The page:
|Fig. 1: The Tokaimura nuclear fuel processing plant. (Source: Wikimedia Commons)|
The Conversion Test Building, JCO, Ltd, seen in Fig. 1, is located alongside the coast of the Northern Pacific Ocean in the village of Tokaimura, Japan. The facility consists of two units, first plant of which was authorized for power generation in 1966 and decommissioned in 1998, while the second plant built in the 1970's and has remained shut down since March of 2011. It was the Tokaimura criticality accident of 1999, not the dropping of atomic bombs on Hiroshima and Nagasaki that led to more than 200,000 Japanese deaths, that prompted Japan to question its long-lasting relationship with nuclear energy. 
At approximately 10:35 a.m. on September 30th, 1999, workers at the JCO nuclear fuel processing plant poured a seventh batch of 18.8% enriched uranyl nitrate solution, along with Uranium-235, into a precipitation vessel. The goal of this process is to convert the isotopically enriched uranium hexafluoride into uranium dioxide fuel. However, the addition of the seventh batch of solution caused a self-sustaining chain reaction, otherwise known as a criticality, that persisted for several hours. 
Once the nitric acid solution was added to the uranium and the criticality began, neutrons and gamma-rays were emitted, and led to the eventual deaths of the workers Hisashi Ouchi and Masato Shinohara.  The reaction was difficult to stop strictly due to the fact that the uranium was already mixed within the solution, providing no way for the workers to prevent more nuclear fission reactions from occurring. It was only until the cool water vessel was drained, which encircled the precipitation vessel and acted as a neuron deflector, that workers were able to cease the criticality. In addition to the death of the two workers, at least 439 people, including plant workers, firemen, and others who responded to the accident, as well as 207 local residents were exposed to elevated levels of radiation.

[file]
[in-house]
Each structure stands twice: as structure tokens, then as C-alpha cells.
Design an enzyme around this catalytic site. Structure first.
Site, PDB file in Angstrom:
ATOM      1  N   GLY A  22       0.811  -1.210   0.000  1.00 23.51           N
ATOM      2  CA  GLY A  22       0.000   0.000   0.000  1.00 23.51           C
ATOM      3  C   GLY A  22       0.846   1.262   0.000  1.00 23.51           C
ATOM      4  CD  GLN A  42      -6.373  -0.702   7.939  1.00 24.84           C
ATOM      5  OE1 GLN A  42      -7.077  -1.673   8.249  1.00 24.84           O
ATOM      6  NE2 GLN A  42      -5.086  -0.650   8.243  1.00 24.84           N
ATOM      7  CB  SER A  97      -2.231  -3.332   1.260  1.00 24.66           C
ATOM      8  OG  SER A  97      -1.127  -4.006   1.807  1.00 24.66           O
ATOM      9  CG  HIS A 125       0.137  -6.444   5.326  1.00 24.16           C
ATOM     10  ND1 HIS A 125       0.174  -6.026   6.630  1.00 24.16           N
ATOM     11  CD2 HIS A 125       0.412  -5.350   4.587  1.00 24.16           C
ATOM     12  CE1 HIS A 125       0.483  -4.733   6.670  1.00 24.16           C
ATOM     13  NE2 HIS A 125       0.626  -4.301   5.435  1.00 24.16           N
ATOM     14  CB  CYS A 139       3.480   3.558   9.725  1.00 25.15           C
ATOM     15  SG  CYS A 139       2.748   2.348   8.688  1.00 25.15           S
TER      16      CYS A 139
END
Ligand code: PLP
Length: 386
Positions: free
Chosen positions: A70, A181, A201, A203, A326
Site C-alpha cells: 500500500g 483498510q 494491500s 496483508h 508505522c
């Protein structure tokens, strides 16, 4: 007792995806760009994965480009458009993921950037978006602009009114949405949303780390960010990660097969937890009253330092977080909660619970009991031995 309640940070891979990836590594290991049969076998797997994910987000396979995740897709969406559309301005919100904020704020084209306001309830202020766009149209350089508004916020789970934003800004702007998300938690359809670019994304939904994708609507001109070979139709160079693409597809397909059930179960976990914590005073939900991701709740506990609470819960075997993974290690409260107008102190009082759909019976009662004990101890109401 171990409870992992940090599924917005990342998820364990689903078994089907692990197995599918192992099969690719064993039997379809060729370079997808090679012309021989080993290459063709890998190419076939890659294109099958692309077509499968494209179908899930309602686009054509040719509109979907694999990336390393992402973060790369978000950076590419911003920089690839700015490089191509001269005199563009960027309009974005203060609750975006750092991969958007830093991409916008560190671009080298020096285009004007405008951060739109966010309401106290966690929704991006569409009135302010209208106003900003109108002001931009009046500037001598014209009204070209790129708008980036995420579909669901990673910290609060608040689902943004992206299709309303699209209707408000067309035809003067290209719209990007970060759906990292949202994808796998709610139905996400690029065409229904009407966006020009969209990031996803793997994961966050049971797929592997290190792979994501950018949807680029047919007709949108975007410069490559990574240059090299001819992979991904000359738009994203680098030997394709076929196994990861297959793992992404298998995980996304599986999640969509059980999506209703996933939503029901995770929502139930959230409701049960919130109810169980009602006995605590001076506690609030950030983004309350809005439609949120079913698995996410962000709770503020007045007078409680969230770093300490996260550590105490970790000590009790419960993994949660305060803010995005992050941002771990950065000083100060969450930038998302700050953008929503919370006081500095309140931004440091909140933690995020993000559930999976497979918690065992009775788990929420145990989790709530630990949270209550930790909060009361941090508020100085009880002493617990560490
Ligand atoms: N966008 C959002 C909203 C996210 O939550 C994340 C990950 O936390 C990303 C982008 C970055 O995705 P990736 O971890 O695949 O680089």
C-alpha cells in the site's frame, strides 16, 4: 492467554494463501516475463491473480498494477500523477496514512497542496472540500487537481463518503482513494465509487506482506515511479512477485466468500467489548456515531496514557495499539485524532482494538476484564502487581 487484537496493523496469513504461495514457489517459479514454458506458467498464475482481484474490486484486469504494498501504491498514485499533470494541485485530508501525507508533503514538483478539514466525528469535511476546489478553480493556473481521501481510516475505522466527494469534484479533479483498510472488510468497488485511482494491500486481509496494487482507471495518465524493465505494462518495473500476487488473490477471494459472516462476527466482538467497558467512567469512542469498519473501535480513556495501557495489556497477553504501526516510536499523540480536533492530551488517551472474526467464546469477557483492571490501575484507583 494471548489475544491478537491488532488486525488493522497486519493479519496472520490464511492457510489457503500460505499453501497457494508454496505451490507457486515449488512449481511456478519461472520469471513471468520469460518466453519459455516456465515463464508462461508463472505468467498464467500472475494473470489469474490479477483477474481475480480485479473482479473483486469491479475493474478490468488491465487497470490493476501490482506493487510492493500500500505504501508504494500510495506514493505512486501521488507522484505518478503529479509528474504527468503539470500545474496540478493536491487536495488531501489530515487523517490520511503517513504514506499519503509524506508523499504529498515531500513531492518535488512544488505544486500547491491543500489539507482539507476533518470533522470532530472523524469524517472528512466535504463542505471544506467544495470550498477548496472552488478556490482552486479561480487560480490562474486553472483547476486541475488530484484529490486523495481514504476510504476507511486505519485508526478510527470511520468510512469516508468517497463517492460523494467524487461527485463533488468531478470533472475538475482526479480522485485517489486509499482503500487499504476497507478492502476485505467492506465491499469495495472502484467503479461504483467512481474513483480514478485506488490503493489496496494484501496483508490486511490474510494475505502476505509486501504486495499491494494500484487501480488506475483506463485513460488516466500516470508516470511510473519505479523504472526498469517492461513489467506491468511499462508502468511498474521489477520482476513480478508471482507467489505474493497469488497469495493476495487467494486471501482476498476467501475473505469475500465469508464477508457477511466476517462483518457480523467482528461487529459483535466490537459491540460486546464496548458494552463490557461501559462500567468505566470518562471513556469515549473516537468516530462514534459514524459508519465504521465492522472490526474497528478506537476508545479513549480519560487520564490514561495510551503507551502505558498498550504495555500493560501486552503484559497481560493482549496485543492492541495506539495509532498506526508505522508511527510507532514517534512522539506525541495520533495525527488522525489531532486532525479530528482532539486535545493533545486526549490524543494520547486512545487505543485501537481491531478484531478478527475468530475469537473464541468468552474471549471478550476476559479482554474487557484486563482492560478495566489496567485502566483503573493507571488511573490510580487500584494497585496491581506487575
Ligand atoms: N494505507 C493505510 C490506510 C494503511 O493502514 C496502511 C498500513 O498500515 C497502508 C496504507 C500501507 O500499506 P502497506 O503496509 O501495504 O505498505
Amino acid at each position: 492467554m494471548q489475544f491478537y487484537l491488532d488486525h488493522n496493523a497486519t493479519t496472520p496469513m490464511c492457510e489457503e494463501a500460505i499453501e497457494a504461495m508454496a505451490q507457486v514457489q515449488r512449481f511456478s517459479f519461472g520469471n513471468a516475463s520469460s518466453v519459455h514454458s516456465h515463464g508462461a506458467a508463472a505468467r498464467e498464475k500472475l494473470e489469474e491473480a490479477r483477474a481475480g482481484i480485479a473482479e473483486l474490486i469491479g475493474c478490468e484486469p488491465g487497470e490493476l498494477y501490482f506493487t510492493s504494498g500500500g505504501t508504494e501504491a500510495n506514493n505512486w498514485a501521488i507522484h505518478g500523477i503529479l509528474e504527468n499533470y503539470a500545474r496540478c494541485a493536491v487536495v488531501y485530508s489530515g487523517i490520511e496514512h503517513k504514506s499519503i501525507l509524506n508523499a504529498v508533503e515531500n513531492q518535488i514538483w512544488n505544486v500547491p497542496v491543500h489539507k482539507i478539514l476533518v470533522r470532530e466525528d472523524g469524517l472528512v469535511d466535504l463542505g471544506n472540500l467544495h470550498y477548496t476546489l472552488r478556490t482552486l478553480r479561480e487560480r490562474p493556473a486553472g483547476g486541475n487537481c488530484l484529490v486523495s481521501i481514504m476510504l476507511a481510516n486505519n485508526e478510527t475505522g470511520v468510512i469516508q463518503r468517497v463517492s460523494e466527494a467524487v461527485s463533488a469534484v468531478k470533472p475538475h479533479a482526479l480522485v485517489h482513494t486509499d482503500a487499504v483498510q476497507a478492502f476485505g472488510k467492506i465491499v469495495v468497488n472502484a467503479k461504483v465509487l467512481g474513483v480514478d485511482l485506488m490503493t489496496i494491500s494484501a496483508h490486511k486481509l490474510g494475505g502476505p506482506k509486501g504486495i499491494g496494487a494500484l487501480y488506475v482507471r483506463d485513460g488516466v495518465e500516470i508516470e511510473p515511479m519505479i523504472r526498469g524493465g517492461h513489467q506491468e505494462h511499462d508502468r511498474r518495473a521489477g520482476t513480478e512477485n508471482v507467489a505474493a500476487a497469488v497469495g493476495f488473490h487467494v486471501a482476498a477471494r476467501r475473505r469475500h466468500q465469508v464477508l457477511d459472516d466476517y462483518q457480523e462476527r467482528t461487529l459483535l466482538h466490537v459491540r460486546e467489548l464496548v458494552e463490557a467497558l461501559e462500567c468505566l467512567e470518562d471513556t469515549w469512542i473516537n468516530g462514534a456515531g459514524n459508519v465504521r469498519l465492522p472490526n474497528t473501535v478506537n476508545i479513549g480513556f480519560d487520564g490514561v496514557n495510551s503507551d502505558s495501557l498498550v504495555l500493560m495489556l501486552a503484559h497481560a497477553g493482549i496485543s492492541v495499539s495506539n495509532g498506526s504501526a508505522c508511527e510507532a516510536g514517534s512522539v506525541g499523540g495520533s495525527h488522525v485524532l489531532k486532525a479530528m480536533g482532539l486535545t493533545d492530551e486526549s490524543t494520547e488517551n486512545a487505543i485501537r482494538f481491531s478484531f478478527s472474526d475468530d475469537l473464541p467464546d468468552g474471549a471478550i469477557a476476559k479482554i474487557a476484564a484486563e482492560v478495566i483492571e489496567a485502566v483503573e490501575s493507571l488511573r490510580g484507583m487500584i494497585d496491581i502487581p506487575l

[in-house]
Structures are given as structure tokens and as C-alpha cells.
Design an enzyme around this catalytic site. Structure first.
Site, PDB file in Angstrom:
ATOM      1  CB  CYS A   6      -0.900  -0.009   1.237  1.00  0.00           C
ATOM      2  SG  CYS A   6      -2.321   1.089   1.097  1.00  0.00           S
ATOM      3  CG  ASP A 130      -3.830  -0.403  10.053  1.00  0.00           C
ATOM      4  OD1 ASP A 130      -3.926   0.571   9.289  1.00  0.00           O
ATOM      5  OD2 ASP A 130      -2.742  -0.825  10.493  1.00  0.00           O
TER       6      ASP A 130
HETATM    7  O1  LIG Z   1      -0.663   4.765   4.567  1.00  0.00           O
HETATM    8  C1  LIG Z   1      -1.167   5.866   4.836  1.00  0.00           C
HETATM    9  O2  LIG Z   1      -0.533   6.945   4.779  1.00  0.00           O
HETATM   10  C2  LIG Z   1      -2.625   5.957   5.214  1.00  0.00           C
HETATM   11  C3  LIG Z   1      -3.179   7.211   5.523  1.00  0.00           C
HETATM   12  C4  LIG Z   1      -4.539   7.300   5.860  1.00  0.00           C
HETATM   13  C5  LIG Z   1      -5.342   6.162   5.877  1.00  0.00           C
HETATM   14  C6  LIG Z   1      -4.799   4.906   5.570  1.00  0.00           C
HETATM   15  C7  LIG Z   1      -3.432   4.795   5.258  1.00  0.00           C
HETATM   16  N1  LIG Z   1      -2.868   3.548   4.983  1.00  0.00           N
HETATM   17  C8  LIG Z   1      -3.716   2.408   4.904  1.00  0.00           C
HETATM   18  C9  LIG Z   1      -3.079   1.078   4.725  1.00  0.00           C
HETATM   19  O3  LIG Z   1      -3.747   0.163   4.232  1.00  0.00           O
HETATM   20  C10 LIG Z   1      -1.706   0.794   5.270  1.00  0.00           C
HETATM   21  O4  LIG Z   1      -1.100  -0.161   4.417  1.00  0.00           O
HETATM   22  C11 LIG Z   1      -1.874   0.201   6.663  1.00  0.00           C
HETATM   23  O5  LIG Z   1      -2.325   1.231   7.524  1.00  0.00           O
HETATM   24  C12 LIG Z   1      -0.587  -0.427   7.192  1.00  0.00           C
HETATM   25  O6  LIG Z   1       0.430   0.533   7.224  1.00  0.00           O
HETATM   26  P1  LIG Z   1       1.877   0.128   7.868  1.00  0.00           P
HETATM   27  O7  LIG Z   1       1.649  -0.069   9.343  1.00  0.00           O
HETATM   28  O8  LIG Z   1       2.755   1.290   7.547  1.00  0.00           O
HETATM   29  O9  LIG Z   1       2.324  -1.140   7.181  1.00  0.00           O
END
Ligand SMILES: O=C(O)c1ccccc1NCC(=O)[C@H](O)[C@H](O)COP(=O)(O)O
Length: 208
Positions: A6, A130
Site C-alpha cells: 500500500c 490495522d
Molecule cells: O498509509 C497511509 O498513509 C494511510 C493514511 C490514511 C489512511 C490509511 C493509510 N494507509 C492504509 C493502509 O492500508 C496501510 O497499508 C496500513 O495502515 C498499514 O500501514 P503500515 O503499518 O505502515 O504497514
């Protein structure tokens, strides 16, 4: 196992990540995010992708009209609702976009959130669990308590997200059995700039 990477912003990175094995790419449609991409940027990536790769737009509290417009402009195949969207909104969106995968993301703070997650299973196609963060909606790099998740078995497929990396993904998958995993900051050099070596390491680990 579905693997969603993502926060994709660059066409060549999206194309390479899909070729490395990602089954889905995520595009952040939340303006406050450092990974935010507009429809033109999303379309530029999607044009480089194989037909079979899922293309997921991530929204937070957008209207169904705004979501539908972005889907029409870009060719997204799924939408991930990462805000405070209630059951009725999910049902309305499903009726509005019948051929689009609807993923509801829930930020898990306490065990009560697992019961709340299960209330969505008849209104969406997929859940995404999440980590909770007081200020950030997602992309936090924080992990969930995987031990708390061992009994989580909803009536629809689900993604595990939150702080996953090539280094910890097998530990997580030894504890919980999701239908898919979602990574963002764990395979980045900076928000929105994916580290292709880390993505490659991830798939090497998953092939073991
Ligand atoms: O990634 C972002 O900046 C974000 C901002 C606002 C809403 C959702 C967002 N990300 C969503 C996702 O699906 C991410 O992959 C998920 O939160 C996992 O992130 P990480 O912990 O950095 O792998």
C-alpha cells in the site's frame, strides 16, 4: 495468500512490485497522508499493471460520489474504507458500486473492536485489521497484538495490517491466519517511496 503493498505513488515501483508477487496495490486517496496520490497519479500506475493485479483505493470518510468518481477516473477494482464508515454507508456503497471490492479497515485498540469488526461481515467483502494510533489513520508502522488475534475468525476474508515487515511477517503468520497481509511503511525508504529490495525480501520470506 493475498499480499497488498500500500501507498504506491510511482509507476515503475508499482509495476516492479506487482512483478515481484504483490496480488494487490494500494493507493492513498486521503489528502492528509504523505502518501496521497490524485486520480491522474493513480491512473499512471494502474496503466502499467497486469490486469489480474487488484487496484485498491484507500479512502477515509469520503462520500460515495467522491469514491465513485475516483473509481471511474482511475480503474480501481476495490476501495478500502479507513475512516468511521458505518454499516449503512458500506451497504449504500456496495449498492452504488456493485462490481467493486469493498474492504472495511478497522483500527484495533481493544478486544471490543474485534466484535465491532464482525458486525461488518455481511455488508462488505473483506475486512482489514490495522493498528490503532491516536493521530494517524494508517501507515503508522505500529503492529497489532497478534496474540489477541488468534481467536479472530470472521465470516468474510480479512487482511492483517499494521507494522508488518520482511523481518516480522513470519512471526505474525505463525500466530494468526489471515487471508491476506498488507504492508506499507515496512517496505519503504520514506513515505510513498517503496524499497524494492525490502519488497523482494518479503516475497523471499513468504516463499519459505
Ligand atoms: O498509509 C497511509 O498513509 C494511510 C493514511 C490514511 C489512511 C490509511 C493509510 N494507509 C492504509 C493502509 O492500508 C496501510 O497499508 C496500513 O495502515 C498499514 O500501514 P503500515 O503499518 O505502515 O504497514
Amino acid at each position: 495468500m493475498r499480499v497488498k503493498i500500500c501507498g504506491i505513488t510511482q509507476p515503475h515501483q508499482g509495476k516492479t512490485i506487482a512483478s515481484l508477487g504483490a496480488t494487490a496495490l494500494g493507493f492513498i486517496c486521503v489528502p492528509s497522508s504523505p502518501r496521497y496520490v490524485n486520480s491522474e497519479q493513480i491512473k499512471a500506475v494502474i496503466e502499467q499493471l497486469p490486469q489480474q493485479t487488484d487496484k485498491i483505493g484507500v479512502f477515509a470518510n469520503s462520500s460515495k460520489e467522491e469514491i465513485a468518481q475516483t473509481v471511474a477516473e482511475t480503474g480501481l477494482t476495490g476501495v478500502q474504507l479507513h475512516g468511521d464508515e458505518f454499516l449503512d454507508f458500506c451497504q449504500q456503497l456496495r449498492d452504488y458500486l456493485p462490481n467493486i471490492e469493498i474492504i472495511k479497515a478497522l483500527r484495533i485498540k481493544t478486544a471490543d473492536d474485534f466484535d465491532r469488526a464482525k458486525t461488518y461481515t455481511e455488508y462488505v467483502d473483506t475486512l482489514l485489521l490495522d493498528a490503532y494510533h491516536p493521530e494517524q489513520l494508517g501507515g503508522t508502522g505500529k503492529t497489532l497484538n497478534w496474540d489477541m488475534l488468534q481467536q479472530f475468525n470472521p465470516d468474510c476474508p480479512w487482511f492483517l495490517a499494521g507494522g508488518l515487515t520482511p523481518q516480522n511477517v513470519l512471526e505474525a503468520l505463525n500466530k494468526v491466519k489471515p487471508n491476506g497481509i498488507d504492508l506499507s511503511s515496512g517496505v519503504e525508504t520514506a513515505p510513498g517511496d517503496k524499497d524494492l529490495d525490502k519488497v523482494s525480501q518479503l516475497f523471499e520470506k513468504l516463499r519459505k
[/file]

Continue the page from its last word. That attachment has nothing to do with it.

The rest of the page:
Yet, the criticality event that changed the course of Japanese nuclear could have been avoided. The criticality's occurrence resulted primarily from a misunderstanding of the chemical process safety procedure and a miscommunication from risk management to the chemical engineers involved.  Since the plant had not been operational in the three years prior to the criticality, proper guidelines were not put in place to prevent such an occurrence. At its core, the criticality is attributed to what the Japanese call kaizen. Kaizen is the Japanese word for improvement, carrying the connotation in industry to enhance workplace operations and the environment.  So, this drive cultivated by the top management not only led to inadequate risk awareness, but the overall Tokaimura accident that shifted Japanese nuclear in the opposite direction.
It is common understanding that public opinion has played little to no role in Japan's policy formation in relation to other democratic states. Yet, in light of the criticality accident of 1999, the Japanese government produced a variety of new laws and institutional changes to address safety concerns to ensure events like this were prevented in the future. A few of these laws include allowing the Prime Minister to declare a state of emergency and using Self Defense Forces during said emergency situations.  As we know, Japan has continued to suffer from the use of nuclear power, such as the tsunami that reeked havoc on the plants in Fukushima, and has adjusted its use of the powerful, but unstable power source accordingly.
© Ryan Dudzinski. The author grants permission to copy, distribute and display this work in unaltered form, with attribution to the author, for noncommercial purposes only. All other rights, including commercial rights, are reserved to the author.
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